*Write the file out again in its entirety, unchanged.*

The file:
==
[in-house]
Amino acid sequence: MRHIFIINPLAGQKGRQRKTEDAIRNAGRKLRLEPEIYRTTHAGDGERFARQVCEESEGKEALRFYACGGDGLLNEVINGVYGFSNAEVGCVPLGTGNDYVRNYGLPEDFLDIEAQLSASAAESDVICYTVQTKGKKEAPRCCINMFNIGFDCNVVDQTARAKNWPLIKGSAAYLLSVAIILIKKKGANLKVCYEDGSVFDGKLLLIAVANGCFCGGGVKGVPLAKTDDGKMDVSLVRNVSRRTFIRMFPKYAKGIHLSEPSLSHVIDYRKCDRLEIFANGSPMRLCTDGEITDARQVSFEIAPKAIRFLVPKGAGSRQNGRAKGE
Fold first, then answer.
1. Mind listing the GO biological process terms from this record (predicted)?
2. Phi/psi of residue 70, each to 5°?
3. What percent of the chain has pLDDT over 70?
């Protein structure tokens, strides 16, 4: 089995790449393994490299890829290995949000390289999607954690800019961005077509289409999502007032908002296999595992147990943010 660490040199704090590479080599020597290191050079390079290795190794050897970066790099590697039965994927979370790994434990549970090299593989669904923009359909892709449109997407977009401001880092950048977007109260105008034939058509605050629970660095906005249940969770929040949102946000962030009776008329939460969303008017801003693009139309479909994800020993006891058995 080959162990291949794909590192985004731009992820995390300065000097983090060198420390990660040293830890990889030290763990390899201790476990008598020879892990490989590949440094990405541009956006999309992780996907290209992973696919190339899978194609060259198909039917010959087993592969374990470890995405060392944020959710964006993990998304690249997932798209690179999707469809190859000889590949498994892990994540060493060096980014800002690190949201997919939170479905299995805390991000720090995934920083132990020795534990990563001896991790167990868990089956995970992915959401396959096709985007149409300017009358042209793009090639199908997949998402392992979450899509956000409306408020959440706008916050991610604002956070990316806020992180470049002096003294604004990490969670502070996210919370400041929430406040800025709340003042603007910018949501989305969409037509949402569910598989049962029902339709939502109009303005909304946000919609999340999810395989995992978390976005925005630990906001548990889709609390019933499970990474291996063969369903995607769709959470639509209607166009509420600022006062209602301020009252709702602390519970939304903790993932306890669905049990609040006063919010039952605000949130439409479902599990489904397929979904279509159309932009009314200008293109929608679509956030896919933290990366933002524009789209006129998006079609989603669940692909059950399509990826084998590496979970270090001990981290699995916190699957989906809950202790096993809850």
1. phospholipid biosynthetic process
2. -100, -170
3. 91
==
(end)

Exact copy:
[in-house]
Amino acid sequence: MRHIFIINPLAGQKGRQRKTEDAIRNAGRKLRLEPEIYRTTHAGDGERFARQVCEESEGKEALRFYACGGDGLLNEVINGVYGFSNAEVGCVPLGTGNDYVRNYGLPEDFLDIEAQLSASAAESDVICYTVQTKGKKEAPRCCINMFNIGFDCNVVDQTARAKNWPLIKGSAAYLLSVAIILIKKKGANLKVCYEDGSVFDGKLLLIAVANGCFCGGGVKGVPLAKTDDGKMDVSLVRNVSRRTFIRMFPKYAKGIHLSEPSLSHVIDYRKCDRLEIFANGSPMRLCTDGEITDARQVSFEIAPKAIRFLVPKGAGSRQNGRAKGE
Fold first, then answer.
1. Mind listing the GO biological process terms from this record (predicted)?
2. Phi/psi of residue 70, each to 5°?
3. What percent of the chain has pLDDT over 70?
């Protein structure tokens, strides 16, 4: 089995790449393994490299890829290995949000390289999607954690800019961005077509289409999502007032908002296999595992147990943010 660490040199704090590479080599020597290191050079390079290795190794050897970066790099590697039965994927979370790994434990549970090299593989669904923009359909892709449109997407977009401001880092950048977007109260105008034939058509605050629970660095906005249940969770929040949102946000962030009776008329939460969303008017801003693009139309479909994800020993006891058995 080959162990291949794909590192985004731009992820995390300065000097983090060198420390990660040293830890990889030290763990390899201790476990008598020879892990490989590949440094990405541009956006999309992780996907290209992973696919190339899978194609060259198909039917010959087993592969374990470890995405060392944020959710964006993990998304690249997932798209690179999707469809190859000889590949498994892990994540060493060096980014800002690190949201997919939170479905299995805390991000720090995934920083132990020795534990990563001896991790167990868990089956995970992915959401396959096709985007149409300017009358042209793009090639199908997949998402392992979450899509956000409306408020959440706008916050991610604002956070990316806020992180470049002096003294604004990490969670502070996210919370400041929430406040800025709340003042603007910018949501989305969409037509949402569910598989049962029902339709939502109009303005909304946000919609999340999810395989995992978390976005925005630990906001548990889709609390019933499970990474291996063969369903995607769709959470639509209607166009509420600022006062209602301020009252709702602390519970939304903790993932306890669905049990609040006063919010039952605000949130439409479902599990489904397929979904279509159309932009009314200008293109929608679509956030896919933290990366933002524009789209006129998006079609989603669940692909059950399509990826084998590496979970270090001990981290699995916190699957989906809950202790096993809850």
1. phospholipid biosynthetic process
2. -100, -170
3. 91